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9 de septiembre de 2015 | Entrevistas | 6ta Fiesta de la Semilla Criolla y la Agricultura Familiar - Uruguay | Bosques y biodiversidad | Soberanía Alimentaria
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Agronomist and agroecology expert, Mariano Beltran, is one of the coordinators of the technical team of the Native Seeds Network, member of the National Agroecology Plan that seeks to expand the number of farmers and consumers under agroecologically-based food production, distribution and consumption systems to generate benefits that contribute with the quality of life of rural and urban inhabitants in Uruguay.
Real World Radio interviewed Beltran, who is also a Professor at the Family Farming Course given by UTU University and advisor of organic grain cooperative Graneco.
Beltrán said that the goal of the Network is to promote the saving and appreciation of genetic values of Uruguay, i.e. all plants grown that make up the genetic, agricultural and cultural heritage of our country. “Around the world there are grave concerns over the loss of biodiversity and the loss of agrodiversity, which is the part of diversity that humans use with food purposes. Through the Green Revolution model, which promotes hybrid seeds and the use of technological packages where seeds are mere inputs controlled by seed companies, this development model has led to people no longer using native seeds. This implies the loss of thousand years of heritage, of accumulated work, and this not only causes societies to become more dependent on corporations and technology packages, but to lose the capacity to adapt to climate change, for instance, sovereignty is lost (because corporate seeds are patented), it is an economic, environmental and food insecurity issue.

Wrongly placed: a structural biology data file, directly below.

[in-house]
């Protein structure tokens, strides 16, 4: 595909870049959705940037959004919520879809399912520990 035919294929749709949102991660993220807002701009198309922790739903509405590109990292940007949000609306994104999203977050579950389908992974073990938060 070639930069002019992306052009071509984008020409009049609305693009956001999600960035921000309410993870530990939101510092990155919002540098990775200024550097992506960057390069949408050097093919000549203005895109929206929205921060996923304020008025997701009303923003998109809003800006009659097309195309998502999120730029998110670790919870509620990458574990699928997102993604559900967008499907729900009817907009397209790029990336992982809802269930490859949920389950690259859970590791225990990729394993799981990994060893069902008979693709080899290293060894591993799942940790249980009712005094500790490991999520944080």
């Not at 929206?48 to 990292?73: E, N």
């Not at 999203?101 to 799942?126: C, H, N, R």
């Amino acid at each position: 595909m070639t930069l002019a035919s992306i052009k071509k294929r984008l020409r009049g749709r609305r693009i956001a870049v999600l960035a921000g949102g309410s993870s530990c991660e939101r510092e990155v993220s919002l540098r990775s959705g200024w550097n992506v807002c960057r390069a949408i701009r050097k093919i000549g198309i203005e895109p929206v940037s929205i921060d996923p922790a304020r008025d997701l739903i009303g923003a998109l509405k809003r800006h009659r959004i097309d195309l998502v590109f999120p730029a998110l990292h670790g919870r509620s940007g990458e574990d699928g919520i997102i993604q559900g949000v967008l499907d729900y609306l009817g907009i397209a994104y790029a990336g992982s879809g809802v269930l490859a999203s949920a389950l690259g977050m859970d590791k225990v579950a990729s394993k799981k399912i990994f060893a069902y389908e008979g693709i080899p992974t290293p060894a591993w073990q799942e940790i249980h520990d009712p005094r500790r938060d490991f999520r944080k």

The Seed Network aims to expose this problem and go against the Green Revolution discourse that promotes the replacement of these seeds for others that will produce more and faster”.
During the interview, Beltran said that the National Native Seed Network was created in 2003, at the initiative of three organizations: the Association of Organic Farmers of Uruguay (APODU) and also REDES-Friends of the Earth Uruguay and the Agronomy School. The Network is part of Future Earth, an organization that supports environmental projects such as the Seed Network from Sweden.
The network is organized through local farmer groups. There are 27 groups throughout the country, each with their own meeting agendas, working on rural schools, some of them are suburban or rural farmers. A National Festival is organized every two years, which works as an open assembly.
“The Network is made up of many people, it gives lectures, capacity building sessions on different issues related to seeds. As in the Governmental Program there was a space to contribute with a National Agroecology Plan, we saw the opportunity to give content to this, so together with the Uruguayan Agroecology Network we elaborated a Plan to submit to the Agricultural Comission and MPs, to other spaces with political impact and the University of the Republic”, said Beltrán.
And he added “agroecology has always been linked to social, indigenous peasant movements, against the problems of the “Green Revolution”, which was not only applied to industrial food production, but many Latin American and European governments used it in their rural extension programs. This led to the traditional way of producing food being replaced by this model, and researchers started to wonder how to solve pest issues, the erosion of soils, and saw that traditional systems solved them with environmental management techniques”.
About the 6th National Native Seed Festival that took place this year, Beltran said that this is a space for national and regional meetings, where farmers can bring their seeds and exchange them. “We aim at promoting seeds in more hands to avoid losing them. Exchanges are essential”, he concluded.
La Asociación Nacional de Mujeres Rurales e Indígenas de Chile, ANAMURI, se encuentra en pleno desarrollo de su III Seminario Internacional en momentos en que una de sus referentes internacionales, Francisca Pancha Rodríguez, señala que el movimiento campesino global recorre un camino “desde lo simple a lo complejo”: partir de reivindicar lo que nos da vida, la tierra, el agua, las semillas, para trazar alianzas y construir nuestro proyecto político popular”.
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